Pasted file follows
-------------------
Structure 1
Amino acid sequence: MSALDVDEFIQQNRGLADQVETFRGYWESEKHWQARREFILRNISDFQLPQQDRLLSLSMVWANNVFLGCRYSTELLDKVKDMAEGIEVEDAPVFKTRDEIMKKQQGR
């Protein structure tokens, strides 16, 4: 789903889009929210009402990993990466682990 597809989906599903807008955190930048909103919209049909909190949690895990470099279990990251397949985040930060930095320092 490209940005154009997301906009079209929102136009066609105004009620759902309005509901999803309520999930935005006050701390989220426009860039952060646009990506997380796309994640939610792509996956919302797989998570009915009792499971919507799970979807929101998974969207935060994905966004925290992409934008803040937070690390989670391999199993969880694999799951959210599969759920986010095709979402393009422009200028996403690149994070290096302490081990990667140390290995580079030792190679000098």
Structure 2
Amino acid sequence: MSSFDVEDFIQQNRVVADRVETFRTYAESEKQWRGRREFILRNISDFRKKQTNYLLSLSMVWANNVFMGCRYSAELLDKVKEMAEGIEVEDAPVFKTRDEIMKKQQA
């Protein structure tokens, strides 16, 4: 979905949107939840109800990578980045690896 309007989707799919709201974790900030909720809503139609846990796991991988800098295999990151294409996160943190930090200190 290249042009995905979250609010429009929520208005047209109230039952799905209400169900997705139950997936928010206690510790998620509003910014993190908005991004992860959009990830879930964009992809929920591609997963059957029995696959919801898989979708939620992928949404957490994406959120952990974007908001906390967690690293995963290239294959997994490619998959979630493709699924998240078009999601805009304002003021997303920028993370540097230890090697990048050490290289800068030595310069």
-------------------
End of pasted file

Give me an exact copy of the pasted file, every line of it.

Structure 1
Amino acid sequence: MSALDVDEFIQQNRGLADQVETFRGYWESEKHWQARREFILRNISDFQLPQQDRLLSLSMVWANNVFLGCRYSTELLDKVKDMAEGIEVEDAPVFKTRDEIMKKQQGR
């Protein structure tokens, strides 16, 4: 789903889009929210009402990993990466682990 597809989906599903807008955190930048909103919209049909909190949690895990470099279990990251397949985040930060930095320092 490209940005154009997301906009079209929102136009066609105004009620759902309005509901999803309520999930935005006050701390989220426009860039952060646009990506997380796309994640939610792509996956919302797989998570009915009792499971919507799970979807929101998974969207935060994905966004925290992409934008803040937070690390989670391999199993969880694999799951959210599969759920986010095709979402393009422009200028996403690149994070290096302490081990990667140390290995580079030792190679000098």
Structure 2
Amino acid sequence: MSSFDVEDFIQQNRVVADRVETFRTYAESEKQWRGRREFILRNISDFRKKQTNYLLSLSMVWANNVFMGCRYSAELLDKVKEMAEGIEVEDAPVFKTRDEIMKKQQA
């Protein structure tokens, strides 16, 4: 979905949107939840109800990578980045690896 309007989707799919709201974790900030909720809503139609846990796991991988800098295999990151294409996160943190930090200190 290249042009995905979250609010429009929520208005047209109230039952799905209400169900997705139950997936928010206690510790998620509003910014993190908005991004992860959009990830879930964009992809929920591609997963059957029995696959919801898989979708939620992928949404957490994406959120952990974007908001906390967690690293995963290239294959997994490619998959979630493709699924998240078009999601805009304002003021997303920028993370540097230890090697990048050490290289800068030595310069």